There are many things on professors’ minds as the new semester approaches. How to engage your students, which types of assessments you will choose, and how you’ll build a classroom community are all worthwhile considerations. Among the most important, however, is making sure you have definable learning objectives and that you’ve set your course up properly in order to be successful. That could include anything from backward curriculum design to encouraging higher-order thinking to making use of peer reviews. 

Below, we’ve built a checklist with 12 items, divided into two stages—before the semester begins and during your course—that will help you design your class in a thoughtful, engaging way. 

Before your course begins:

  1. Think about your end goal: As you prepare for your course, think about the big sweeping objectives you want your students to accomplish or understand by the end of a unit or lesson. Maybe it’s that they’re able to recite a Shakespeare monologue by heart, solve for middle-level proofs or have a more detailed understanding of how to use the library research database. Then, you can plan your lectures, assessments and course activities accordingly. By using your main four or five learning objectives as a foundation, you can ensure that your course is organized, principled and thoughtful.
  2. Consider your benchmarks for success: How will you know when you’ve succeeded as an educator? Consider which hard skills you want your students to gain by the end of your course. Perhaps it’s outlining the structure of the biomolecules found in all living organisms, or that your students will be able to develop written papers based on well-reasoned historical arguments. Soft skills, such as public speaking, group work and research skills, are also important to consider.
  3. Choose your tech tools and platforms wisely: In what ways will you bring technology to your classroom to enhance student learning? Will it be used for attendance and participation? Grading and assessments? Will you deliver lectures through an online platform? How will you use technology to ensure your course is flexible and accessible for students? Consider what you’ll use your LMS for, and what you’ll use to engage students.
  4. Consider how you’ll engage students: It’s clear that the sage-on-a-stage style of lecturing is often unengaging and ineffective. Consider how you’ll provide students with the opportunity be active participants in the classroom community by using:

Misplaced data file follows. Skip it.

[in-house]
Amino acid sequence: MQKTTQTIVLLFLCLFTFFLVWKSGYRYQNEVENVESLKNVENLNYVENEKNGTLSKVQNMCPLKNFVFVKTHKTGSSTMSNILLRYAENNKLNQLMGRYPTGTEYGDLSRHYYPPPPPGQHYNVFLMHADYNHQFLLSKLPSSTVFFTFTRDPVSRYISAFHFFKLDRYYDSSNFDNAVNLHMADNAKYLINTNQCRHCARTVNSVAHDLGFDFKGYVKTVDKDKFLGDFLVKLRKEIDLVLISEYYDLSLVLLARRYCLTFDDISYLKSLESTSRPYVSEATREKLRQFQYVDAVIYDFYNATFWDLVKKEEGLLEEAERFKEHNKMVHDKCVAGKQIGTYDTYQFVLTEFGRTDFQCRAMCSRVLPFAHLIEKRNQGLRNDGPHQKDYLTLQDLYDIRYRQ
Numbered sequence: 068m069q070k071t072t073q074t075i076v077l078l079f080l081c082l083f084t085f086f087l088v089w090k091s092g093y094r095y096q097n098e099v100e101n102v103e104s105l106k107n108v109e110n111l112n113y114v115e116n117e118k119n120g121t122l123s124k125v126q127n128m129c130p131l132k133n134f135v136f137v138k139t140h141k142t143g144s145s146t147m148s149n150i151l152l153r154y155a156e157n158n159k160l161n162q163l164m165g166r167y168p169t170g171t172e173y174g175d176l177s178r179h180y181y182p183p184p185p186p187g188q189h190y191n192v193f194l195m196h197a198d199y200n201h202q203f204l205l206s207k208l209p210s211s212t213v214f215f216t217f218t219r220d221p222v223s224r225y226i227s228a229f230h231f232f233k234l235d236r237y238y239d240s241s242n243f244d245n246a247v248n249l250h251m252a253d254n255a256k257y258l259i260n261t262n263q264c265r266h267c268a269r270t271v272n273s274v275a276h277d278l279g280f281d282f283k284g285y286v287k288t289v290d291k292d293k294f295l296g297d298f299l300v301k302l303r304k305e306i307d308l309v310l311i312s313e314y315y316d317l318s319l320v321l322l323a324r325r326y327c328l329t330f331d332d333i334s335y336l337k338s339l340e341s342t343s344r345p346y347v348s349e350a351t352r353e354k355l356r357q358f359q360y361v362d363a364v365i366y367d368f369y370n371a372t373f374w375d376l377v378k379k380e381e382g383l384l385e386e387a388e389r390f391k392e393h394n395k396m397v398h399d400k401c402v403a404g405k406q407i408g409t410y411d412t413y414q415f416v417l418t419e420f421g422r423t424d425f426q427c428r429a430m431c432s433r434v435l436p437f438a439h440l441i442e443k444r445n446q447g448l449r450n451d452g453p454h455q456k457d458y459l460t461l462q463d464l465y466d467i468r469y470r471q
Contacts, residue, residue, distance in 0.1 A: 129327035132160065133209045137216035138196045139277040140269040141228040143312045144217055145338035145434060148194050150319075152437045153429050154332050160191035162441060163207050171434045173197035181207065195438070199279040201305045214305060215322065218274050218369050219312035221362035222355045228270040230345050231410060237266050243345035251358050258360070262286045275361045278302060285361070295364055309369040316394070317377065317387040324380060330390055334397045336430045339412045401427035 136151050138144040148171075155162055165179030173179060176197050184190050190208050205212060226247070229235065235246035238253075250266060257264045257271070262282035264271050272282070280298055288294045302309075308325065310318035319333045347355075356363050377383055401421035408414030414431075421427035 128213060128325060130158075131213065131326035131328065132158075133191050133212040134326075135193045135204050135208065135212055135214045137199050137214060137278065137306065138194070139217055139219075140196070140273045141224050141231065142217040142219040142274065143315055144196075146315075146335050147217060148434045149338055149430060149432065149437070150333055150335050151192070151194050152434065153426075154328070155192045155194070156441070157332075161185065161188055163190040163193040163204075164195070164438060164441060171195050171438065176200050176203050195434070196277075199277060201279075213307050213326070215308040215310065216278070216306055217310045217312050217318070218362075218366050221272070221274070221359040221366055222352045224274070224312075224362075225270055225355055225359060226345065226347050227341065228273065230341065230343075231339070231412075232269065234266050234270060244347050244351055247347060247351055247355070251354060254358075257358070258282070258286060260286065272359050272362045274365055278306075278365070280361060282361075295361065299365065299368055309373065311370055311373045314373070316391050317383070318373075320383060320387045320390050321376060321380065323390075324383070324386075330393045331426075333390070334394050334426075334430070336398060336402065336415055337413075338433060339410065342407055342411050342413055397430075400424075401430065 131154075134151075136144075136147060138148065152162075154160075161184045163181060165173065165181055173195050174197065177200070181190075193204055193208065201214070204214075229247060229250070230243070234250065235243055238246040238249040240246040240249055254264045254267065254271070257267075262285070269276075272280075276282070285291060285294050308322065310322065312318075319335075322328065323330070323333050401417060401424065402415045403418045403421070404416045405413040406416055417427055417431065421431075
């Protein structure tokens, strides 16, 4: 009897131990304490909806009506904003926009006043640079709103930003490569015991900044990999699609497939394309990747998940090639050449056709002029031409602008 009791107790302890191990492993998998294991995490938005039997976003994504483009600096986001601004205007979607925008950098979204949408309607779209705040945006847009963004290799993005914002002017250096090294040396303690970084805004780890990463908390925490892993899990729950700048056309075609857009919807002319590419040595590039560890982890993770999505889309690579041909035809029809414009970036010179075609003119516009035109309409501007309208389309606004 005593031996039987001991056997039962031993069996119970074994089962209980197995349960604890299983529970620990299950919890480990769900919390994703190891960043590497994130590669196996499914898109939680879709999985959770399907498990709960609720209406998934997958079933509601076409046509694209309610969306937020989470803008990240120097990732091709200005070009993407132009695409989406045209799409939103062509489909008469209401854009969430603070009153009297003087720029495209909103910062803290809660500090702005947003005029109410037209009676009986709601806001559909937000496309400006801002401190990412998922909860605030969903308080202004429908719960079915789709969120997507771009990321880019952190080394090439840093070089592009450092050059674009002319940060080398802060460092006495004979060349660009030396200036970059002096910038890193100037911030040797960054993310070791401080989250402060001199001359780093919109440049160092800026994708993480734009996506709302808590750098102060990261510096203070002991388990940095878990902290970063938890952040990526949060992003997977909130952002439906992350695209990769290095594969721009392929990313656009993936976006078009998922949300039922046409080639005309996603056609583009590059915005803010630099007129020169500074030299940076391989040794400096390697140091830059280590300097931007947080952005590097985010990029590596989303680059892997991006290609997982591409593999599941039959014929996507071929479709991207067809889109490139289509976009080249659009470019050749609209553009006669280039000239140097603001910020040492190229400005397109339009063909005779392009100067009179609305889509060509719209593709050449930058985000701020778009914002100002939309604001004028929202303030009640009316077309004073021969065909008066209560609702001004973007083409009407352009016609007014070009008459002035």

• Think-pair-share
    • Online discussion threads
    • Flipped classroom
    • Polling and word cloud tools
    • Icebreaker activities
  5. Prepare and practice: Rehearse for your role as the narrator of the class. Instructors are there to connect a sequence of questions, ideas, concepts and supporting visuals to tell a story. Practice speaking from notes, instead of reading from a text. It’s important to have a plan, but being able to deviate from the plan to better cater to student needs is important as well.
  6. Provide non-academic resources: Consider sharing campus resources such as library and research workshops, mental health services, campus housing and academic support services in your syllabus or online course platform. Sharing these resources provides students, particularly freshmen, with the support they may need to adjust to higher education.
  7. Make sure to test your tech: Be sure that all software, equipment, apps and platforms you’re using work well together for a streamlined teaching and learning experience in your class. Consider doing weekly checks to guarantee that the learning experience is smooth for your students.
  8. Prepare for assessments: Consider whether a high-stakes assessment, like a final exam, is the most effective way to understand students’ progress. More frequent, lower-stakes assessments, group projects or final presentations may be more appropriate options for your course. By providing students with flexibility or even the option to choose what types of assessment they would prefer, you can create a community that is engaging and active.

During your course:

  1. Connect your course to the real world: Today’s students are digital natives who are accustomed to technology in every facet of their lives. It’s worth considering that their education shouldn’t be any different. Instructors can help students engage in the course material and connect challenging concepts to the real world through case studies, non-academic sources, social media and podcasts that you can assign as homework to enhance the facts, figures and concepts you provide in class.
  2. Make room for student feedback: After tackling a unit or concept, provide opportunities for students to ask questions, clarify misunderstandings and share their thoughts. Online discussion threads are an easy way to get feedback from your students and promote collaboration and engagement between peers.
  3. Encourage higher-order thinking: Once students have begun absorbing the facts, encourage them to think critically about their learning and how it connects to the world around them. Bloom’s Taxonomy is a great way to guide students towards a deeper understanding through a series of gradual steps.
  4. Reflect on your progress: Ask a peer to sit in on one of your lectures and provide feedback afterward. This way, you can get another perspective on how to improve your teaching skills and where there may be opportunities for collaboration and participation in your classroom.

These strategies are not discipline- or modality-specific and can be used in all classrooms. But in all cases, the role of an educator transcends the content being taught. By strengthening connections with students and creating opportunities for engagement, you can create engaged learning communities able to meet high expectations.

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